I created Charli’s emotional thru-line from this event and the emotions caused by it, and used it as a compass for her character and her story. Simply put, her thru-line is this: She never wants another child to go through what she had (brought on by her fear); therefore, she will do everything in her power to help (because she is grateful for what had been done for her). 
It is this core emotional statement that drives her GMCs. Without her emotional realization that she wanted to help others, there wouldn’t have been a story. She wouldn’t move to Colton. She would not be going to college to become a social worker, and she wouldn’t buy the dilapidated Blackwell Ranch to rebuild into a home for troubled teenagers. And she wouldn’t give Dylan (the alcoholic-PTSD suffering-ex-Special Forces commander) a chance to help her rebuild the place. Charli’s GMCs drive her character arc, but it is this emotional thru-line that creates the GMCs in the first place. It is this simple event—someone helped her (causing her to feel grateful) from the brink of overdosing on drugs or being murdered (causing her fear)—that drives her to do everything she does.
Creating emotionally charged characters that readers can respond to and fall in love with isn’t rocket science (trust me; if it was, I’d never be able to do it), but it does require you to really get to know your characters long before you write that first sentence, despite whether you are a plotter or a pantser.

About Sara…

Although Sara Walter Ellwood has long ago left the farm for the glamour of the big town, she draws on her experiences growing up on a small hobby farm in West Central Pennsylvania to write her contemporary westerns. She’s been married to her college sweetheart for over 20 years, and they have two teenagers and one very spoiled rescue cat named Penny. She longs to visit the places she writes about and jokes she’s a cowgirl at heart stuck in Pennsylvania suburbia. She also has paranormal romantic suspense published under the pen name Cera duBois.

Author links:


Gambling On A Secret
Book 1 of The Colton Gamblers
Blurb:
When Charli bets everything on a secret, will she find the deck stacked against her?
Blog Tour Link
Former runaway-turned heiress Charli Monroe is hiding her sordid past and planning a future in Colton, Texas. Attending the local college for a degree in social work, she intends to raise cattle on her newly purchased ranch, which she plans to open as a home for troubled teens. Only a few glitches—the Victorian mansion is crumbling, the barn needs a roof, and her oilman neighbor wants more than friendship. When she meets Dylan Quinn, Charli is willing to take a chance on the town drunk to help her rebuild the rundown ranch.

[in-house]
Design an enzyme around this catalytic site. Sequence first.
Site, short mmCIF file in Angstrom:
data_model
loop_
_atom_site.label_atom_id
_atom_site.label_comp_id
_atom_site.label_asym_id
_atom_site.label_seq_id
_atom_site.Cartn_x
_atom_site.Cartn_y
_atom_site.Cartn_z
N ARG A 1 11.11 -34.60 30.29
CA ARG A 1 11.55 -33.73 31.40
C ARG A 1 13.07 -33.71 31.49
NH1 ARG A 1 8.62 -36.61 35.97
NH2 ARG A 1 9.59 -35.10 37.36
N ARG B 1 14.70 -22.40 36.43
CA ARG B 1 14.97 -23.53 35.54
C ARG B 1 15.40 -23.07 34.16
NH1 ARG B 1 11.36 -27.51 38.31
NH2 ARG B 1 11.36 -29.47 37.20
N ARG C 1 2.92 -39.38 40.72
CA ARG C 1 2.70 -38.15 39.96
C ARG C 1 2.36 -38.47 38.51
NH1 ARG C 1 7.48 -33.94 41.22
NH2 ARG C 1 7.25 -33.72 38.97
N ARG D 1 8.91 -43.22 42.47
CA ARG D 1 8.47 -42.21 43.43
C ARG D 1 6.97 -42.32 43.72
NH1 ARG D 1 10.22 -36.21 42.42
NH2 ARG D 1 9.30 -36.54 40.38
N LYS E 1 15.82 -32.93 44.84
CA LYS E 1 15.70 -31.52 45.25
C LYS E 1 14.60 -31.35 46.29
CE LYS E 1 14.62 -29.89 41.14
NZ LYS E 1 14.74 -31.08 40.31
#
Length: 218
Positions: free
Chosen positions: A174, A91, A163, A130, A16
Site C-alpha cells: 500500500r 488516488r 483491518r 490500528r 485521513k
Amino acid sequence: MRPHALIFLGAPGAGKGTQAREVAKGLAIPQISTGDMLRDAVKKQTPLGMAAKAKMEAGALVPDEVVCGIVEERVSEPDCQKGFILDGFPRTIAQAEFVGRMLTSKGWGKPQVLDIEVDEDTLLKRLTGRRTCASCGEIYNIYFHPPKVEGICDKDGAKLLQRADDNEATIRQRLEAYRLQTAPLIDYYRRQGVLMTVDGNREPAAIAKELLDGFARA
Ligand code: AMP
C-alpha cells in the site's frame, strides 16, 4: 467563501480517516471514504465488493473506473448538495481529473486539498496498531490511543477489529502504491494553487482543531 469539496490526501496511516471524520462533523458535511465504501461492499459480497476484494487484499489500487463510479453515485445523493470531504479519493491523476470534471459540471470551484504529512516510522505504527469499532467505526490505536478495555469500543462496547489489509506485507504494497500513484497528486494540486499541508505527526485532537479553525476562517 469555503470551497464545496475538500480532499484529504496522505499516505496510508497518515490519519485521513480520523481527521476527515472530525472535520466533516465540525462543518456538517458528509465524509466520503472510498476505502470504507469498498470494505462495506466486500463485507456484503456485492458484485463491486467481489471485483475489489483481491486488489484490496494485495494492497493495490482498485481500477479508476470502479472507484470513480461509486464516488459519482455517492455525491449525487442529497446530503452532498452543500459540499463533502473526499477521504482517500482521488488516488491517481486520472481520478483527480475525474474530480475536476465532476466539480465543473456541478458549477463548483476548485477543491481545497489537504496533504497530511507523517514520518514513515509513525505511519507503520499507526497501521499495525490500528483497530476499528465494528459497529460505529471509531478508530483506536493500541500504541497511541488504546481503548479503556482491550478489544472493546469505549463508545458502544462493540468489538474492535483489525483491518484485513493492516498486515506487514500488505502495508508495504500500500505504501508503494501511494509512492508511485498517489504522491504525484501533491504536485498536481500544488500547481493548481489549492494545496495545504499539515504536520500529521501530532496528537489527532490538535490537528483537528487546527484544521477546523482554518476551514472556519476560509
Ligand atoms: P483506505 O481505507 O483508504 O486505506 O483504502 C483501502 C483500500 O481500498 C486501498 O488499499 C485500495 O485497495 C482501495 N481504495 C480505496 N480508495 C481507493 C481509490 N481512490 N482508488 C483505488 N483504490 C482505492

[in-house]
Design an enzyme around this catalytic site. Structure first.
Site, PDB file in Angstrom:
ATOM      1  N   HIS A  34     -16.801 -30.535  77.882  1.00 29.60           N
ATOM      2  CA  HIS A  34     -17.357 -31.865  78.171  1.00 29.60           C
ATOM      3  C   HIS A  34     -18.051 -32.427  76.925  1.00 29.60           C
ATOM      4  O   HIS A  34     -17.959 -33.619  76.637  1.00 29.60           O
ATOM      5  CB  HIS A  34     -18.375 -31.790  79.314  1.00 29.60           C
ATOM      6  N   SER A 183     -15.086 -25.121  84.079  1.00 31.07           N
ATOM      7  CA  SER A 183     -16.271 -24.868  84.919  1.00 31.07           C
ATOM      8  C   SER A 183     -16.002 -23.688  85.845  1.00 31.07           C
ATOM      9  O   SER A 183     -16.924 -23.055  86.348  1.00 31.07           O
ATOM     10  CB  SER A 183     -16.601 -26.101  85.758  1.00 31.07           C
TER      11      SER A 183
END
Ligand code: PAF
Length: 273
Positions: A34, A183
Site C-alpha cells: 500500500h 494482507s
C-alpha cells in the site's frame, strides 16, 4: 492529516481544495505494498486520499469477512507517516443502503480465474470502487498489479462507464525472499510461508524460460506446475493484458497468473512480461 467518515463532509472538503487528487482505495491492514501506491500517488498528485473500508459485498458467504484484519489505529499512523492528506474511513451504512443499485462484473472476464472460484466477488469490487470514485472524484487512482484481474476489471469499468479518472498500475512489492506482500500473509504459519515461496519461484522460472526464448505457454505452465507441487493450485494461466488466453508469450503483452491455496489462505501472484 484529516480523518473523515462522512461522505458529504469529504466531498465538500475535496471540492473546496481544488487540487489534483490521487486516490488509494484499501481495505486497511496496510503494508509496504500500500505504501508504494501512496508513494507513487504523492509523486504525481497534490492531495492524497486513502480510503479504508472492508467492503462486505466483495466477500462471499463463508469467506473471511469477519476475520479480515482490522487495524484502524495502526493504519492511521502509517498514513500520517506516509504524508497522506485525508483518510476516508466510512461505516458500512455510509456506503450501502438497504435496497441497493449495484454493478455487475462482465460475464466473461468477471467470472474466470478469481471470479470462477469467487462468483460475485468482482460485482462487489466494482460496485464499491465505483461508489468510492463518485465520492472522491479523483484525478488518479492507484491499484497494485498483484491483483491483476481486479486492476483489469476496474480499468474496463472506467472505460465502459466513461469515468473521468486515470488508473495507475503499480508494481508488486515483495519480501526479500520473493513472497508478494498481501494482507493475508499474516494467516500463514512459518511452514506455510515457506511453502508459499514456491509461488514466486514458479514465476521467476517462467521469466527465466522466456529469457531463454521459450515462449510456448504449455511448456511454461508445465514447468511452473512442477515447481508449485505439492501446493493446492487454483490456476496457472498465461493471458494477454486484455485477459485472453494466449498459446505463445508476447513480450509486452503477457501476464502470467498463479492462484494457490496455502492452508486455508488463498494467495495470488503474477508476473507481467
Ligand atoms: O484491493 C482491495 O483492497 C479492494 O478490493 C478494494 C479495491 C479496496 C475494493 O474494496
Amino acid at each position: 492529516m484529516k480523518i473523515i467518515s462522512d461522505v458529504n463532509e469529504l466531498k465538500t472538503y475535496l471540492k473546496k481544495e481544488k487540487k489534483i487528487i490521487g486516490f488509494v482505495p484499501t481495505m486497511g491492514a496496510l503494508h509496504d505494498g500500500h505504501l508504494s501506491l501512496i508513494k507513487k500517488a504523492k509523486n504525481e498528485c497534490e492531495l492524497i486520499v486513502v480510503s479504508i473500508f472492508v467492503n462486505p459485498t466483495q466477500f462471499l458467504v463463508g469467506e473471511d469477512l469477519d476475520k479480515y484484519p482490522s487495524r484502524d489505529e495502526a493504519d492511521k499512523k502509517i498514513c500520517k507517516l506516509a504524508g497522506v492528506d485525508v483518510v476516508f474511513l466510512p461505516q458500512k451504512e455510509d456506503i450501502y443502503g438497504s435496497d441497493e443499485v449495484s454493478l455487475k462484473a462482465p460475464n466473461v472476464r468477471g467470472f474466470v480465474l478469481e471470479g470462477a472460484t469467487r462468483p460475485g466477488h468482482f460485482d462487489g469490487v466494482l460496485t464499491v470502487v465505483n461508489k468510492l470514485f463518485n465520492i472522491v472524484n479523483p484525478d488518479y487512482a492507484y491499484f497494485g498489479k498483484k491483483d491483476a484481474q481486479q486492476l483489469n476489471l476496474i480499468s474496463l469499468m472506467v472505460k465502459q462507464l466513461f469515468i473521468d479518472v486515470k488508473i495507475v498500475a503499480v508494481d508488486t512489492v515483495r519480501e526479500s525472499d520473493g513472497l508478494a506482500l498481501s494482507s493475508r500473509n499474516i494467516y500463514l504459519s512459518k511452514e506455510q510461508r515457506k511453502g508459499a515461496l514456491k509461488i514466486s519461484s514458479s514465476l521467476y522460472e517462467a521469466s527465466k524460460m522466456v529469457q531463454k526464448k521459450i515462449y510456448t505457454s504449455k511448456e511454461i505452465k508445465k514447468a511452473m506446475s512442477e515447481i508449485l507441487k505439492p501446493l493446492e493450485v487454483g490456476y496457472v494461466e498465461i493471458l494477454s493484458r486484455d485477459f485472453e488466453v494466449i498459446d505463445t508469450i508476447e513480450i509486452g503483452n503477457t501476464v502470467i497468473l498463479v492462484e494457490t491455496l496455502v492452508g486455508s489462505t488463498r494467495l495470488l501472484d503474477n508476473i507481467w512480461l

Dylan has his demons, too. The former Special Forces commander can’t get past his ex-wife’s betrayal and the botched mission that left him with much more than a bad limp. Certain the greedy oilman next door to Charli wants much more than just her heart, Dylan’s even willing to stop drinking in order to protect her.
When things get dangerous and secrets of the past are revealed, is he only looking out for his new employer, or is she the new start he so desperately needs?

Buy Links:

Rafflecopter Giveaway:
Sara is giving away a beautiful treasure box full of goodies:
1. A thumb drive containing Sara’s novella The Birthday Fantasy and her paranormals A Hunter’s Angel and A Hunter’s Blade
2. A signed paperback copy of Carolyn Brown’s Just a Cowboy and His Baby
3. A retractable black ink pen
4. A decorative diary style notebook
5. A mouse pad
6. Sara’s own custom designed jewelry (necklace and earring set)
7. $10 Starbucks gift card and more.
A total prize package valued at $100.
The giveaway ends April 30 and the winner of the Swag Pack will be announced on May 1, 2014. Must be 18 years old or older and a resident of the USA to qualify. Void where prohibited by law. See http://sarawalterellwood.wordpress.com/giveaway-rules/ for complete list of terms and rules.

a Rafflecopter giveaway